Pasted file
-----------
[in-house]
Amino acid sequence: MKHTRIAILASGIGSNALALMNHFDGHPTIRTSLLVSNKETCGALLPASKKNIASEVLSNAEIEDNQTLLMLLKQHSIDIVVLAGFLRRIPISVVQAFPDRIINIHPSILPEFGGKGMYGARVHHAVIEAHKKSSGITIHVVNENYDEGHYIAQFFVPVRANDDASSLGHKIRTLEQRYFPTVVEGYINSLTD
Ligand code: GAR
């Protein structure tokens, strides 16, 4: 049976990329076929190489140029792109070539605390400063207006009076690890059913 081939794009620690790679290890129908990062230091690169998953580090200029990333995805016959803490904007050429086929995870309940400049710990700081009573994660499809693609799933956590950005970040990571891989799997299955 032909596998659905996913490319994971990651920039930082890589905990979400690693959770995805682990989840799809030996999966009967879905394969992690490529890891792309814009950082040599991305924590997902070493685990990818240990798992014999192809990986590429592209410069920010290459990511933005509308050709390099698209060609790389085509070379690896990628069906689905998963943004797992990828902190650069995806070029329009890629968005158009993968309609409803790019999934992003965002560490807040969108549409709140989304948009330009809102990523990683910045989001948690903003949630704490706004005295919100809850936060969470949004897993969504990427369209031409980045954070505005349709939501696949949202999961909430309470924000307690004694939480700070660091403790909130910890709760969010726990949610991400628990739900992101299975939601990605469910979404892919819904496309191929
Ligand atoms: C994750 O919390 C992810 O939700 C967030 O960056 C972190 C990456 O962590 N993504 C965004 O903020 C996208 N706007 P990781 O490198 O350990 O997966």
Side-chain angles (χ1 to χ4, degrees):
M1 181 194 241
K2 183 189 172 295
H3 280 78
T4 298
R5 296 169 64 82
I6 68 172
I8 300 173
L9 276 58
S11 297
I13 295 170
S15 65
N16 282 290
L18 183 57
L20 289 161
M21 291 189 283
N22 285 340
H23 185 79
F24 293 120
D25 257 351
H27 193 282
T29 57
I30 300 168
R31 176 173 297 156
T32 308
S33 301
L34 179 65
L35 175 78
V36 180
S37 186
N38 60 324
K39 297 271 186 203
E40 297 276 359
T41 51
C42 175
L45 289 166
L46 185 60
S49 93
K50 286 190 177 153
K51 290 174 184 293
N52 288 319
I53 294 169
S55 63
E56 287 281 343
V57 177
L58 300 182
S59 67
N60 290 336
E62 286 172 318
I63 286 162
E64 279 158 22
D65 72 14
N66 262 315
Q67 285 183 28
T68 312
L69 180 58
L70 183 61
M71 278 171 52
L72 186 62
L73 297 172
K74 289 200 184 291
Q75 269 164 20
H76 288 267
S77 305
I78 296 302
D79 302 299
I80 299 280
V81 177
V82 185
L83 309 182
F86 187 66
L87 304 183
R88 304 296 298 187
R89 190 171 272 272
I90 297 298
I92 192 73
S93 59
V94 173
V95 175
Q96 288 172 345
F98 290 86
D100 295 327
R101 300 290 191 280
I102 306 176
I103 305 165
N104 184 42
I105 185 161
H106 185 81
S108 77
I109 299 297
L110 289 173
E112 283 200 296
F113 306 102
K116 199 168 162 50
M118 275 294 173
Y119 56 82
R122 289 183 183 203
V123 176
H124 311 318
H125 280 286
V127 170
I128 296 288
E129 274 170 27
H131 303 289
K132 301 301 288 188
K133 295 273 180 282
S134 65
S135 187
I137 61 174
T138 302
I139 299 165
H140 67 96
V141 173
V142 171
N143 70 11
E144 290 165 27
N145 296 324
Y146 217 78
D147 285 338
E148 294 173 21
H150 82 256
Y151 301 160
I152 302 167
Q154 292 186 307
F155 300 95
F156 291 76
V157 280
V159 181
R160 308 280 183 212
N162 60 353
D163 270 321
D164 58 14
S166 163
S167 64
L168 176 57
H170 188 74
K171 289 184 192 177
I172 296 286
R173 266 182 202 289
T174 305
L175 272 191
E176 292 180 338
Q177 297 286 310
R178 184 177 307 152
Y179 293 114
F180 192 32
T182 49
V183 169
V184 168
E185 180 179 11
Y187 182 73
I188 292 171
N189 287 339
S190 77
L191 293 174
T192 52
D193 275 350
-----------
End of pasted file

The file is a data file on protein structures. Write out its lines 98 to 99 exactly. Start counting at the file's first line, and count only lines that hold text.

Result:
F113 306 102
K116 199 168 162 50